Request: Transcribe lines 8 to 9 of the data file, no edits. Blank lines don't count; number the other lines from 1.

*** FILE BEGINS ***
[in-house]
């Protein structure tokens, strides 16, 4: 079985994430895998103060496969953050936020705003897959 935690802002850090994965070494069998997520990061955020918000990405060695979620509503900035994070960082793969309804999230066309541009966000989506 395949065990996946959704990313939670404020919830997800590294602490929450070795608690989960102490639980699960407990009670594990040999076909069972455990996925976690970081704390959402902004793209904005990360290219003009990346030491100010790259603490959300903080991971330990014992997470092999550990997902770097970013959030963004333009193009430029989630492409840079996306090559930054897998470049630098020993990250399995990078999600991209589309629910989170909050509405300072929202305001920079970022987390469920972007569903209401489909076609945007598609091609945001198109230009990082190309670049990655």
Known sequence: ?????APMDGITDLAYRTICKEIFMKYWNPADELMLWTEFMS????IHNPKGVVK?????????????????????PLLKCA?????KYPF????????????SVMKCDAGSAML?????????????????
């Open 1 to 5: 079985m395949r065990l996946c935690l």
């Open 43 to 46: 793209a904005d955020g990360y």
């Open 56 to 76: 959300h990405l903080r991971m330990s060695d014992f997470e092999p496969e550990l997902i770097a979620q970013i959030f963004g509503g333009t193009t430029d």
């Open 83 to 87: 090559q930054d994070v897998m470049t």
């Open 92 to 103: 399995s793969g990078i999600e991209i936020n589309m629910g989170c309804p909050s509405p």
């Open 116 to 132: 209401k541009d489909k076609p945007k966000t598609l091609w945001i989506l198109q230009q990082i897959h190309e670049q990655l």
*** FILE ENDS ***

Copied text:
């Open 92 to 103: 399995s793969g990078i999600e991209i936020n589309m629910g989170c309804p909050s509405p």
């Open 116 to 132: 209401k541009d489909k076609p945007k966000t598609l091609w945001i989506l198109q230009q990082i897959h190309e670049q990655l």